Community Research and Development Information Service - CORDIS

Proposals should focus on an identified number of fisheries that are important for the fishing fleets of multiple EU countries and should respond to the priorities of Regional Fisheries Management Organisations (RFMOs) and of the Common Fisheries Policy (CFP). The proposals should review existing knowledge and perform multidisciplinary research to help close important knowledge gaps that have a significant impact on the management of key target and by-catch species and that currently limit the advice that relevant bodies can give. Research results should be able to be applied immediately to provide a more solid knowledge base and advice on fisheries management.

Proposals should cover one of the following geographical scopes:

1 [2016] Knowledge base and management tools for resilient and resource-efficient fisheries in waters of third countries with which the EU has signed sustainable fisheries partnership agreements and in international waters covered by regional fisheries management organisations other than the North-East Atlantic Fisheries Commission and the General Fisheries Commission for the Mediterranean.

2 [2017] Strengthening the knowledge base for resilient and resource-efficient fisheries in EU waters and in international waters covered by the North-East Atlantic Fisheries Commission and the General Fisheries Commission for the Mediterranean.

The Commission considers that proposals requesting a contribution from the EU of up to EUR 5 million would allow this challenge to be addressed appropriately. Nonetheless, this does not preclude the submission and selection of proposals requesting other amounts.

Projects funded under this topic will by default participate in the Pilot on Open Research Data in Horizon 2020, with the option to opt-out, as described in the introduction.

More efficient fisheries management, based on science, is needed to support the continued need to manage European fisheries, the global rise in seafood demand and the need to maximise fish production sustainably. Our understanding of the biology and ecology of several fish and other seafood species is far from complete for stocks fished in European seas and in particular for multi-species fisheries. This also applies in some areas outside EU waters where EU fleets fish. Relevant stocks include species in international waters or in the waters of third countries with which the EU has signed sustainable fisheries partnership agreements. For species fished outside EU waters, the challenge often extends beyond gathering knowledge of biological characteristics to include research on management tools and appropriate stock assessment models.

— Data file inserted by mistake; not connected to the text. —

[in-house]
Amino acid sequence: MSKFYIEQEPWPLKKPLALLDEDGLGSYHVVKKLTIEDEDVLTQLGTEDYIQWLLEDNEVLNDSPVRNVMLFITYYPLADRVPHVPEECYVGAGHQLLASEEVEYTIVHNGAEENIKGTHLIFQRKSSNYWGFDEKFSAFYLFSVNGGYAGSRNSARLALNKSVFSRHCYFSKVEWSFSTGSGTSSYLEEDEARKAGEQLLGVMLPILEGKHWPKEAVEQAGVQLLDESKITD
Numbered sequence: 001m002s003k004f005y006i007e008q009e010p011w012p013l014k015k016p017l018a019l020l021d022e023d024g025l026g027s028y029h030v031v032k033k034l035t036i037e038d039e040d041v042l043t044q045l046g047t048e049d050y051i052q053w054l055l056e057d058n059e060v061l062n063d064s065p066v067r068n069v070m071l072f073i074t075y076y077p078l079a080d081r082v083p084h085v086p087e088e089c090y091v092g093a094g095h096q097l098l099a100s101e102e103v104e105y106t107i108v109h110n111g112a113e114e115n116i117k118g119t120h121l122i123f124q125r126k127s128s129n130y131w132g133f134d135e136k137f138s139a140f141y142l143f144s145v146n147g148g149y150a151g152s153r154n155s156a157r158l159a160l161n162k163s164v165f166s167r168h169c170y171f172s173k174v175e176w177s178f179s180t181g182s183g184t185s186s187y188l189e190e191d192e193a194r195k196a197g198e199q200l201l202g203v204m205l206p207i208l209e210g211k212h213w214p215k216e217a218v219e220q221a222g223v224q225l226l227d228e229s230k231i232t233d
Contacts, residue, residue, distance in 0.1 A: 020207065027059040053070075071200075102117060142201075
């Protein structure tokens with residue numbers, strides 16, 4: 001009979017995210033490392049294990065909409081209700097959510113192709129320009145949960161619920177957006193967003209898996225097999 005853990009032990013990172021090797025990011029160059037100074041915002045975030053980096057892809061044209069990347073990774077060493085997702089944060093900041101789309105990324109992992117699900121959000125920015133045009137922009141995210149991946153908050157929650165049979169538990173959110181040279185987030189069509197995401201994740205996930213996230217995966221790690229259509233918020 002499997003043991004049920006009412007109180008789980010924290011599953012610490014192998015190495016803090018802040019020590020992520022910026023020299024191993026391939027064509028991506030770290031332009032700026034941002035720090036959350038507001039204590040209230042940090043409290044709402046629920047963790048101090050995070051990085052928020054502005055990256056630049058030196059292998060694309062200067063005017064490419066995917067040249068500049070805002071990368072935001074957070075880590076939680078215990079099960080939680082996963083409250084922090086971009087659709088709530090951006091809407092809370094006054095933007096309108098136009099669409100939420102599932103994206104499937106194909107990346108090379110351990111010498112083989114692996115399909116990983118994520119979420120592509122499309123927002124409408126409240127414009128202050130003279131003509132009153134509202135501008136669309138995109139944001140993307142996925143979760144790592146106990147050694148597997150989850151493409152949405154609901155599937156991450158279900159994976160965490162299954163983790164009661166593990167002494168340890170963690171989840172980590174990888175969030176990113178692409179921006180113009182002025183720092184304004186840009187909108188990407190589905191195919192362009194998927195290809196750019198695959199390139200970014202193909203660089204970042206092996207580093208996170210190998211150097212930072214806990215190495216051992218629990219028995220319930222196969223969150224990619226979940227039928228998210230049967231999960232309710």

To improve fisheries management under the Common Fisheries Policy, including outside of EU waters, proposals should:

  • Increase the knowledge base, share new findings, provide new tools and promote their uptake by end-users to more efficiently manage fish stocks of interest to the EU, both inside and outside EU waters.
  • Increase the long-term profitability of the EU fleet and increase the number of jobs in the fishing sector.
  • Improve market supply and food security in Europe through a significant, predictable and sustainable provision of seafood from all areas in which EU vessels operate.
  • Contribute to adjusting fishing exploitation to levels that ensure the maximum sustainable yield.
  • Improve the professional skills and competences of those working and being trained to work within the blue economy.
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